On Thursday, Cenk Uygur of The Young Turks TV tore into former Florida Gov. Jeb Bush (R)’s contention to the editorial board of the Manchester, NH Union-Leader newspaper that the key to rescuing the American economy is for workers to put in “longer hours.”
“(W)e have to be a lot more productive, workforce participation has to rise from its all-time modern lows. It means that people need to work longer hours,” Bush said.
“He’s incorrect on so many different levels,” Uygur said.
Half of U.S. full time workers reported working more than 40 hours per week on average in 2014, explained Uygur.
“So it’s not like we’re not working enough,” he said. “Half of us are working more than 40 hours.”
In fact, U.S. employees work longer hours and take fewer vacations than workers in any other industrialized nation.
The worst thing about these statements from Bush, though, Uygur said, is that the former governor comes from an extremely privileged background, so what does he know about the fortitude and determination of the average U.S. worker?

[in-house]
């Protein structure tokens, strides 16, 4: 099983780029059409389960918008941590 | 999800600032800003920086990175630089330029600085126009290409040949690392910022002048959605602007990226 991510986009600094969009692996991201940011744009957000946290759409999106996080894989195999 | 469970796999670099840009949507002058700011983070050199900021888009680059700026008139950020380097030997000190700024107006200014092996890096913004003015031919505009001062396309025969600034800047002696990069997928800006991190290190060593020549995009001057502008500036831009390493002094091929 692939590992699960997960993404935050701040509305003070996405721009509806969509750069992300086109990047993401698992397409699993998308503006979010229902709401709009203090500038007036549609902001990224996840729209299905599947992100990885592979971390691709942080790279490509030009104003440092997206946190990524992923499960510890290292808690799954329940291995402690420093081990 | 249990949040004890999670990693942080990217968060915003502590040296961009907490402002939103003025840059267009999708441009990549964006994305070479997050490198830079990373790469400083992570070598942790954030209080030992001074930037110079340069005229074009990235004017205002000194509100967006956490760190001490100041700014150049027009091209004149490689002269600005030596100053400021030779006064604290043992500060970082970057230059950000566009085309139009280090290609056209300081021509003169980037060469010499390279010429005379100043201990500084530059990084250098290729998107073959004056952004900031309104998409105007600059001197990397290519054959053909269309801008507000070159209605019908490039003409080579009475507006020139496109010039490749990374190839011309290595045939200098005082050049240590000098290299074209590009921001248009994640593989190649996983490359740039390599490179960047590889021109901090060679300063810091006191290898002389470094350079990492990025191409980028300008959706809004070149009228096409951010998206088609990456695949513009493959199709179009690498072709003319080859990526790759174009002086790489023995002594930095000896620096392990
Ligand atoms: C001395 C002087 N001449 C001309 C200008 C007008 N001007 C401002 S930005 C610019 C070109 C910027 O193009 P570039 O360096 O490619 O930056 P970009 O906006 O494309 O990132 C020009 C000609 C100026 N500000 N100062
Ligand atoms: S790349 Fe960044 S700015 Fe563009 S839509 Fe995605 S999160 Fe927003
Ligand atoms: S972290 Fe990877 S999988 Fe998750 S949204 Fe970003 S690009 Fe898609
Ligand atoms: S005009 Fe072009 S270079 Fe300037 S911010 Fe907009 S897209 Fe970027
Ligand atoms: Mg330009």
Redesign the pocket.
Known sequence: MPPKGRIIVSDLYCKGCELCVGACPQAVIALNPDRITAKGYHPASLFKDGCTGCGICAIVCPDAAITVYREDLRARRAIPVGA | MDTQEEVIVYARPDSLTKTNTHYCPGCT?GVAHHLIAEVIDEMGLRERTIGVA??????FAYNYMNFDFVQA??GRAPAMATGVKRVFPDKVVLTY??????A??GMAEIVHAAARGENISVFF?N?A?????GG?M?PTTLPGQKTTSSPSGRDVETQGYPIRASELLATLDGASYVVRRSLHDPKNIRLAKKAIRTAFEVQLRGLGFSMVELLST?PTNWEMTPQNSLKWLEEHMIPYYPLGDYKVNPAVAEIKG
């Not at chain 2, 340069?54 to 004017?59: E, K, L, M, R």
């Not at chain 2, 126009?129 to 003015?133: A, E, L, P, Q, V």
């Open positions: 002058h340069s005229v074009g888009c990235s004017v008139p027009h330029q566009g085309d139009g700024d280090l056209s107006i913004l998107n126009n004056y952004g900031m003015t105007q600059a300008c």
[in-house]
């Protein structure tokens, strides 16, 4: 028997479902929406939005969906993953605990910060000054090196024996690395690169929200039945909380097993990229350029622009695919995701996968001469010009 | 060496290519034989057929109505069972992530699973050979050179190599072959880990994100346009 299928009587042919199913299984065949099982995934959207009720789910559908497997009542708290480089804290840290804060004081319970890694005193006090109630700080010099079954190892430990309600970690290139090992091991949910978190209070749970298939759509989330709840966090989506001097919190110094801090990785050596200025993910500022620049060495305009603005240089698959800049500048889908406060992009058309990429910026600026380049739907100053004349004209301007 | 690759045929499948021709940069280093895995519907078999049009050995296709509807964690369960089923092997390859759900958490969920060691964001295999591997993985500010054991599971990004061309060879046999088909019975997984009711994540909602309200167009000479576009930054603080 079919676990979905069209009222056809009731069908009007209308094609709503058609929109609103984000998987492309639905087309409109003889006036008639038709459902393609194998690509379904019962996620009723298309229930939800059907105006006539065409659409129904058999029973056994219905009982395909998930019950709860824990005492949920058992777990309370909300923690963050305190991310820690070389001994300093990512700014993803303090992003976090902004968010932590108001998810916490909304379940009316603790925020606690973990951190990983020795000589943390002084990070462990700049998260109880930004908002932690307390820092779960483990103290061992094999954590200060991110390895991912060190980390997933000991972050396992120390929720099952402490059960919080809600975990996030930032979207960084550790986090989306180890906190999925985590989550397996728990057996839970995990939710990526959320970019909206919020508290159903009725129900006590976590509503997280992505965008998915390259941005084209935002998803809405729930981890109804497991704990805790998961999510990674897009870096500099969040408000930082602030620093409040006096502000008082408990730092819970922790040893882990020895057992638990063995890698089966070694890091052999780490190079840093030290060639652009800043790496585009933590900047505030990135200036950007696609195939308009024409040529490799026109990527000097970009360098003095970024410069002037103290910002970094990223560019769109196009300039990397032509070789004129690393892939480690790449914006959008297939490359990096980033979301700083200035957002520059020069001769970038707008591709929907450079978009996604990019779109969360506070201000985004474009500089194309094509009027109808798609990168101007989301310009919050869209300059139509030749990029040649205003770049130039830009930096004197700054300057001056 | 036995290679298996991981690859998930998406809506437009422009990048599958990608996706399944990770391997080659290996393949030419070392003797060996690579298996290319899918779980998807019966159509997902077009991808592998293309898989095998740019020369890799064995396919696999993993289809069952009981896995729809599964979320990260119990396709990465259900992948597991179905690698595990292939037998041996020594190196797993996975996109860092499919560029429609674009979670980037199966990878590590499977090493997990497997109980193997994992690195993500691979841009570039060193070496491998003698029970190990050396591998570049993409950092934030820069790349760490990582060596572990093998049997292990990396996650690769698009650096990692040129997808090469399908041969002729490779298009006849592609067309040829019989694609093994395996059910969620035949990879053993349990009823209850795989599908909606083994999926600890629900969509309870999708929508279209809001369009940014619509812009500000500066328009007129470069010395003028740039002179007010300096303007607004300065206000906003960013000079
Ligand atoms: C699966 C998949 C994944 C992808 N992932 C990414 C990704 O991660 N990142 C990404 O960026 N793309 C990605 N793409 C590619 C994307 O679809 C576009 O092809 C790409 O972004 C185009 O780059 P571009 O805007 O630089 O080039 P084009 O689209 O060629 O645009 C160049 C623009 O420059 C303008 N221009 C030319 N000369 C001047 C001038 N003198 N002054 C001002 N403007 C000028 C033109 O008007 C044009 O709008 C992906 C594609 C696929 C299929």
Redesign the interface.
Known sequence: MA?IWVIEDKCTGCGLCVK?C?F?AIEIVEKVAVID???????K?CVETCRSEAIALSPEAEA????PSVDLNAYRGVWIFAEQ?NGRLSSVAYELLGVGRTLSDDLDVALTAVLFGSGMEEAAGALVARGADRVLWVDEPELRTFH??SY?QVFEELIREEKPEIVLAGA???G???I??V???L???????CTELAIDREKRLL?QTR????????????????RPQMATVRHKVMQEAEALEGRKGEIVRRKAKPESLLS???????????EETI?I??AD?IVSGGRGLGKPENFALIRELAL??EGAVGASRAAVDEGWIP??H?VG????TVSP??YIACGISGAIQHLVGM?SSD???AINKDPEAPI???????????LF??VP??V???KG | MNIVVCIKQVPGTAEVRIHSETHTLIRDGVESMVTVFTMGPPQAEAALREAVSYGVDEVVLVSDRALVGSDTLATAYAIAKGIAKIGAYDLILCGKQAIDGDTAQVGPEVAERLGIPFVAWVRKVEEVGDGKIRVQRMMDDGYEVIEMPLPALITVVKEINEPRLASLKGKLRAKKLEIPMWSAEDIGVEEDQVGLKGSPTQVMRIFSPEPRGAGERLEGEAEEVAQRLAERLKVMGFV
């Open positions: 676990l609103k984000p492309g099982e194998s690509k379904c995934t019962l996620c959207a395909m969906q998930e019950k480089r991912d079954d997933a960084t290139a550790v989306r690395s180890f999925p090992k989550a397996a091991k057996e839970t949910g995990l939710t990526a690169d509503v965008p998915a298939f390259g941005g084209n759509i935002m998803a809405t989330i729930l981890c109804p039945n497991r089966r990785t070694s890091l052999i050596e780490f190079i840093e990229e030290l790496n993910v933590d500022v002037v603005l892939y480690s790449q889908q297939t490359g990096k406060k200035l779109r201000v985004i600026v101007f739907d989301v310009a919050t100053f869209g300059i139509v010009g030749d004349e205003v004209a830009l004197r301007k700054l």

“This is Jeb Bush, who’s been handed everything on a silver platter because of his name,” Uygur said, so the candidate can “spare me about how we need to work harder.”
He went on to point out that worker productivity in the U.S. has risen steadily since 1950 in a line that rises all the way to the present. Wages, however, stopped tracking alongside the productivity line around 1978 to 1980.
“Oh, by the way, who was the vice president in 1980?” Uygur asked. “Oh, right, George H. W. Bush.”
At that point in history, wages “flatlined,” said Uygur, and they’ve stayed there, “because Republican policy positions, because of the onslaught of money in politics changed so that the people at the top, the CEOs got to take all that money home.”
“They did an unbelievable redistribution of wealth,” he explained.
To Jeb Bush, he said, “Your family helped with the greatest robbery in history!”
But the candidate is telling the American people that they just don’t work hard enough.
Watch the video, embedded below: